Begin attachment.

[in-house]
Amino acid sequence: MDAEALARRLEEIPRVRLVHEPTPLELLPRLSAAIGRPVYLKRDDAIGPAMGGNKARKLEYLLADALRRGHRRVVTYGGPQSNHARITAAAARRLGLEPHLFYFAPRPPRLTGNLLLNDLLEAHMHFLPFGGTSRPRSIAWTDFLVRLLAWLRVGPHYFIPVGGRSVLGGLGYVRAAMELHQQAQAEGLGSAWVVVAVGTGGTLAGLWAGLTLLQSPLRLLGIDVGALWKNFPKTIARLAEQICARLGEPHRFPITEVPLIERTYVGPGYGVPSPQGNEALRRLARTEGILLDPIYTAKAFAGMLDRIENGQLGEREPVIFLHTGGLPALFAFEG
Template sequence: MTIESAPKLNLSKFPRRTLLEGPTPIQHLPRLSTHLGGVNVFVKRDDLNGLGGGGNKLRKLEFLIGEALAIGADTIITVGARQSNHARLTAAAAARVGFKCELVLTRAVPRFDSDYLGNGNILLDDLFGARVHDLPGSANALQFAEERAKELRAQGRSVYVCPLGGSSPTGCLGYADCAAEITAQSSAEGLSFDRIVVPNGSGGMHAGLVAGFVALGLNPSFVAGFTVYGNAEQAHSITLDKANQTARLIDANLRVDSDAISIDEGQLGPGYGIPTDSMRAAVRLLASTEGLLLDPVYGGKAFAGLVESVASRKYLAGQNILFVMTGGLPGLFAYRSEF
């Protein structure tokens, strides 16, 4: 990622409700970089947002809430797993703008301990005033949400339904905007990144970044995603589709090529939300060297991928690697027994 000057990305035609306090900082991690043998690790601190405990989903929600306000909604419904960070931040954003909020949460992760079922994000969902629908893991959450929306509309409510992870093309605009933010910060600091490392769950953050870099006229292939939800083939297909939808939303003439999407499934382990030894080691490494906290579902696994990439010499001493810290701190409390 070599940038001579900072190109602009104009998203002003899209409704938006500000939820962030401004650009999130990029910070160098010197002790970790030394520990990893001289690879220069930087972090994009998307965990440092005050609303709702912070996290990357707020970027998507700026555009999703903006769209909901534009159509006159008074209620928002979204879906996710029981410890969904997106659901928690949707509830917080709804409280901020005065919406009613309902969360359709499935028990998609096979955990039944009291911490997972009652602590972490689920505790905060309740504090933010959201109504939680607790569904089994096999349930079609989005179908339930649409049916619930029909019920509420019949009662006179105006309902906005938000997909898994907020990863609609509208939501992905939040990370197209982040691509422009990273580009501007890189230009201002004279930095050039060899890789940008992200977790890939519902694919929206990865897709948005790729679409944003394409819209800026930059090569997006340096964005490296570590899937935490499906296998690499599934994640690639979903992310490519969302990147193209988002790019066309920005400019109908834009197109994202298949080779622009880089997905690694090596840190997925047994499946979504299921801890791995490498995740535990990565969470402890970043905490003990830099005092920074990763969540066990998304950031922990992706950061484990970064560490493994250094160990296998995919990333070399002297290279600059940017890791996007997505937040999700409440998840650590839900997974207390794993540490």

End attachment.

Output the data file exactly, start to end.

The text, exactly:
[in-house]
Amino acid sequence: MDAEALARRLEEIPRVRLVHEPTPLELLPRLSAAIGRPVYLKRDDAIGPAMGGNKARKLEYLLADALRRGHRRVVTYGGPQSNHARITAAAARRLGLEPHLFYFAPRPPRLTGNLLLNDLLEAHMHFLPFGGTSRPRSIAWTDFLVRLLAWLRVGPHYFIPVGGRSVLGGLGYVRAAMELHQQAQAEGLGSAWVVVAVGTGGTLAGLWAGLTLLQSPLRLLGIDVGALWKNFPKTIARLAEQICARLGEPHRFPITEVPLIERTYVGPGYGVPSPQGNEALRRLARTEGILLDPIYTAKAFAGMLDRIENGQLGEREPVIFLHTGGLPALFAFEG
Template sequence: MTIESAPKLNLSKFPRRTLLEGPTPIQHLPRLSTHLGGVNVFVKRDDLNGLGGGGNKLRKLEFLIGEALAIGADTIITVGARQSNHARLTAAAAARVGFKCELVLTRAVPRFDSDYLGNGNILLDDLFGARVHDLPGSANALQFAEERAKELRAQGRSVYVCPLGGSSPTGCLGYADCAAEITAQSSAEGLSFDRIVVPNGSGGMHAGLVAGFVALGLNPSFVAGFTVYGNAEQAHSITLDKANQTARLIDANLRVDSDAISIDEGQLGPGYGIPTDSMRAAVRLLASTEGLLLDPVYGGKAFAGLVESVASRKYLAGQNILFVMTGGLPGLFAYRSEF
């Protein structure tokens, strides 16, 4: 990622409700970089947002809430797993703008301990005033949400339904905007990144970044995603589709090529939300060297991928690697027994 000057990305035609306090900082991690043998690790601190405990989903929600306000909604419904960070931040954003909020949460992760079922994000969902629908893991959450929306509309409510992870093309605009933010910060600091490392769950953050870099006229292939939800083939297909939808939303003439999407499934382990030894080691490494906290579902696994990439010499001493810290701190409390 070599940038001579900072190109602009104009998203002003899209409704938006500000939820962030401004650009999130990029910070160098010197002790970790030394520990990893001289690879220069930087972090994009998307965990440092005050609303709702912070996290990357707020970027998507700026555009999703903006769209909901534009159509006159008074209620928002979204879906996710029981410890969904997106659901928690949707509830917080709804409280901020005065919406009613309902969360359709499935028990998609096979955990039944009291911490997972009652602590972490689920505790905060309740504090933010959201109504939680607790569904089994096999349930079609989005179908339930649409049916619930029909019920509420019949009662006179105006309902906005938000997909898994907020990863609609509208939501992905939040990370197209982040691509422009990273580009501007890189230009201002004279930095050039060899890789940008992200977790890939519902694919929206990865897709948005790729679409944003394409819209800026930059090569997006340096964005490296570590899937935490499906296998690499599934994640690639979903992310490519969302990147193209988002790019066309920005400019109908834009197109994202298949080779622009880089997905690694090596840190997925047994499946979504299921801890791995490498995740535990990565969470402890970043905490003990830099005092920074990763969540066990998304950031922990992706950061484990970064560490493994250094160990296998995919990333070399002297290279600059940017890791996007997505937040999700409440998840650590839900997974207390794993540490």